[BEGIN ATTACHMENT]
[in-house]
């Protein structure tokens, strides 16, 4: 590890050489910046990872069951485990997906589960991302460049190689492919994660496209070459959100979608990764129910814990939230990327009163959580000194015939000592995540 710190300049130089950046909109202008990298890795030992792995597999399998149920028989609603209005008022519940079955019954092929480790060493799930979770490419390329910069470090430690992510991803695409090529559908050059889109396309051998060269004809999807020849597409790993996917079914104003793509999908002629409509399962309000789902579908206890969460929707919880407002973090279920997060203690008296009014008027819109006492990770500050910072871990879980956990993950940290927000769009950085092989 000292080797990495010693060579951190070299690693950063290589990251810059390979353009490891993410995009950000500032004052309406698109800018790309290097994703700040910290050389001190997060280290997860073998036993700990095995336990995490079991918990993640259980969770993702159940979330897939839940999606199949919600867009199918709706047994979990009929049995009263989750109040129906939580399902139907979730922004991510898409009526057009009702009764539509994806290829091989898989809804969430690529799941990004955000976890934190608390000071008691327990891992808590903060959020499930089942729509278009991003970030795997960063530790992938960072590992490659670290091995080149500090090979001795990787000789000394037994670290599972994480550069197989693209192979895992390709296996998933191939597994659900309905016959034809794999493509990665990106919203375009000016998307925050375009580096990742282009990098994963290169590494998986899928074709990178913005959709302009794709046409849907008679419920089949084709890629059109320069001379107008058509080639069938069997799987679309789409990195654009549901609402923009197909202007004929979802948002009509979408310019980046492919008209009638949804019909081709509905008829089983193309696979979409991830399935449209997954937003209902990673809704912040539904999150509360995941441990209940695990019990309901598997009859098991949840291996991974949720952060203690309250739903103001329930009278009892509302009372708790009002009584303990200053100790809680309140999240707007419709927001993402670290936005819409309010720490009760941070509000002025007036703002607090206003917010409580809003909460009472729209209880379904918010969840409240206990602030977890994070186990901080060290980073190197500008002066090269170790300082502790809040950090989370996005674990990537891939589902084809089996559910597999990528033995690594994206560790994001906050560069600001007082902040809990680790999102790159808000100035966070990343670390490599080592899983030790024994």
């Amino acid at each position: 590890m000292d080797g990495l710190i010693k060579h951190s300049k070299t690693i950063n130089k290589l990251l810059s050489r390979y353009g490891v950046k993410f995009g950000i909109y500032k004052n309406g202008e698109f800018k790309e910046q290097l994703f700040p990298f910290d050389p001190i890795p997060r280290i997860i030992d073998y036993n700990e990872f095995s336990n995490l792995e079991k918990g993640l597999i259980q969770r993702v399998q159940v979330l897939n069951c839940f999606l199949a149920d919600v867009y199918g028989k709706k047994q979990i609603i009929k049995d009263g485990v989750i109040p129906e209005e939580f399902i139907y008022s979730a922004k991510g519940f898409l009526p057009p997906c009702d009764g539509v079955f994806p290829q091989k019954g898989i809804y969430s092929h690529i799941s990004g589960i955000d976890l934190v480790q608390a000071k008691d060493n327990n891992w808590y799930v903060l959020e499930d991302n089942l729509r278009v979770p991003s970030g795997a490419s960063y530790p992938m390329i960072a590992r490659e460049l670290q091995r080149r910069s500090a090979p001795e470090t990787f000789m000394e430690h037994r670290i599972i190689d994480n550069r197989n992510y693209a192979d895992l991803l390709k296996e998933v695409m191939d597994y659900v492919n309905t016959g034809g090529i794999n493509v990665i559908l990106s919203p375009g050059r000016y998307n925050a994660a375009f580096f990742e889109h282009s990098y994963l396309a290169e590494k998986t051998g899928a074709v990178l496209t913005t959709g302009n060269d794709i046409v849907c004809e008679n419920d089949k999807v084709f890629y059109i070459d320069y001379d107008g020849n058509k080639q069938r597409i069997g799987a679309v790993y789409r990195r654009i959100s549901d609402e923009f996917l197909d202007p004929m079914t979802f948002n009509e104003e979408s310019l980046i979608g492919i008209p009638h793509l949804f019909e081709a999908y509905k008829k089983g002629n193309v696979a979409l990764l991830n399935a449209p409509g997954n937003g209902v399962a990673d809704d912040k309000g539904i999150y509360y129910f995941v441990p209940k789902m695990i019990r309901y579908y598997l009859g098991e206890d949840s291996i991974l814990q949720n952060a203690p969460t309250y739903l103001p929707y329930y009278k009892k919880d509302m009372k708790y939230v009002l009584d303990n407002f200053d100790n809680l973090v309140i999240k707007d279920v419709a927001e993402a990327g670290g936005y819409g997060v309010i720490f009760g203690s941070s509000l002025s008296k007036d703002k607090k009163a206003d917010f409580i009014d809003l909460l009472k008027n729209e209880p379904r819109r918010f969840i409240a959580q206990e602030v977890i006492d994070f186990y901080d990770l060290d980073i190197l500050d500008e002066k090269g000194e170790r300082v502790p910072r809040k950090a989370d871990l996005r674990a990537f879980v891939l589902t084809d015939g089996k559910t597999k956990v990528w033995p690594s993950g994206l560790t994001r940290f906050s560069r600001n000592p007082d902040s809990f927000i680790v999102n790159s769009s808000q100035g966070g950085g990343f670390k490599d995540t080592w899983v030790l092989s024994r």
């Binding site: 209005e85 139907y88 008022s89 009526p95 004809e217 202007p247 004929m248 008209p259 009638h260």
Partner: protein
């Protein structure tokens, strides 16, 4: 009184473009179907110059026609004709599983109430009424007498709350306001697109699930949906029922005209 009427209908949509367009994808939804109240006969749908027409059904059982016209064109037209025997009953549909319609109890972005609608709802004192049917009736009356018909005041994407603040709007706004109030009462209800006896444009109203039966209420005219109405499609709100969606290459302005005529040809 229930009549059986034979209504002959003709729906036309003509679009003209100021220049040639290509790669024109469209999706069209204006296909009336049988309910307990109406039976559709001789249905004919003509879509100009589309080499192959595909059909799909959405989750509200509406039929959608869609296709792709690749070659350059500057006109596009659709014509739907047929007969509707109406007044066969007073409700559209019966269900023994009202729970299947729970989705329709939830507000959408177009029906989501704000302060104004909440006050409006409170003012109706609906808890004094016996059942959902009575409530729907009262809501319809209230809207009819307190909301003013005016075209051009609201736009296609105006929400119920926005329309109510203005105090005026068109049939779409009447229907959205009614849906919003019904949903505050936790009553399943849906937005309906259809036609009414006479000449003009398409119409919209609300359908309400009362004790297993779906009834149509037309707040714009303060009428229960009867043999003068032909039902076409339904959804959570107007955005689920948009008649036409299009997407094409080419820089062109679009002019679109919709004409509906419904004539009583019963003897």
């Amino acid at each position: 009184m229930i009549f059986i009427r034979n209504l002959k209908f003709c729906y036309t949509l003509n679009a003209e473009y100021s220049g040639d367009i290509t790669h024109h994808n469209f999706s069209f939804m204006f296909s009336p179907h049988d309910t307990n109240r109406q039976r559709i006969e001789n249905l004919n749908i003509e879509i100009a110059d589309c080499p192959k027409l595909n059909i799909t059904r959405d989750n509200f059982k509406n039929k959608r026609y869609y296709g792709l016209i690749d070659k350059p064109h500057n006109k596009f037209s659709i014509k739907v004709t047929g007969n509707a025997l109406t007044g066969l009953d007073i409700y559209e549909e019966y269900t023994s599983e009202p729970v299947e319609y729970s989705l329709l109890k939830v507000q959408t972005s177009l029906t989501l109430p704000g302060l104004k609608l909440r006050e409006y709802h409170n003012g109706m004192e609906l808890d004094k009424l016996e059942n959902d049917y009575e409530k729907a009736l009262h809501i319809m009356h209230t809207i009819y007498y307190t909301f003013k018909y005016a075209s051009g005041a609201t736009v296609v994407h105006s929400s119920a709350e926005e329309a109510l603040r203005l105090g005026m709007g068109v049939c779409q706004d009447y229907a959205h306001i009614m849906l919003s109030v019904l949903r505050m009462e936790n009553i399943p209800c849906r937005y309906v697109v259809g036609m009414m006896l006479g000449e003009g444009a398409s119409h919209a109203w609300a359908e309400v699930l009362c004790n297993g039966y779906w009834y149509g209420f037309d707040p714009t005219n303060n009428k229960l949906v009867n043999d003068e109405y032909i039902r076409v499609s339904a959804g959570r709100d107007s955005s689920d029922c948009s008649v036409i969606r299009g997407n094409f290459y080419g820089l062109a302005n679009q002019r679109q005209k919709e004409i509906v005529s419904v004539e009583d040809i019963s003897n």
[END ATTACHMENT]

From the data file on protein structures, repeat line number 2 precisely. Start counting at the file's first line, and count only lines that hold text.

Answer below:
């Protein structure tokens, strides 16, 4: 590890050489910046990872069951485990997906589960991302460049190689492919994660496209070459959100979608990764129910814990939230990327009163959580000194015939000592995540 710190300049130089950046909109202008990298890795030992792995597999399998149920028989609603209005008022519940079955019954092929480790060493799930979770490419390329910069470090430690992510991803695409090529559908050059889109396309051998060269004809999807020849597409790993996917079914104003793509999908002629409509399962309000789902579908206890969460929707919880407002973090279920997060203690008296009014008027819109006492990770500050910072871990879980956990993950940290927000769009950085092989 000292080797990495010693060579951190070299690693950063290589990251810059390979353009490891993410995009950000500032004052309406698109800018790309290097994703700040910290050389001190997060280290997860073998036993700990095995336990995490079991918990993640259980969770993702159940979330897939839940999606199949919600867009199918709706047994979990009929049995009263989750109040129906939580399902139907979730922004991510898409009526057009009702009764539509994806290829091989898989809804969430690529799941990004955000976890934190608390000071008691327990891992808590903060959020499930089942729509278009991003970030795997960063530790992938960072590992490659670290091995080149500090090979001795990787000789000394037994670290599972994480550069197989693209192979895992390709296996998933191939597994659900309905016959034809794999493509990665990106919203375009000016998307925050375009580096990742282009990098994963290169590494998986899928074709990178913005959709302009794709046409849907008679419920089949084709890629059109320069001379107008058509080639069938069997799987679309789409990195654009549901609402923009197909202007004929979802948002009509979408310019980046492919008209009638949804019909081709509905008829089983193309696979979409991830399935449209997954937003209902990673809704912040539904999150509360995941441990209940695990019990309901598997009859098991949840291996991974949720952060203690309250739903103001329930009278009892509302009372708790009002009584303990200053100790809680309140999240707007419709927001993402670290936005819409309010720490009760941070509000002025007036703002607090206003917010409580809003909460009472729209209880379904918010969840409240206990602030977890994070186990901080060290980073190197500008002066090269170790300082502790809040950090989370996005674990990537891939589902084809089996559910597999990528033995690594994206560790994001906050560069600001007082902040809990680790999102790159808000100035966070990343670390490599080592899983030790024994």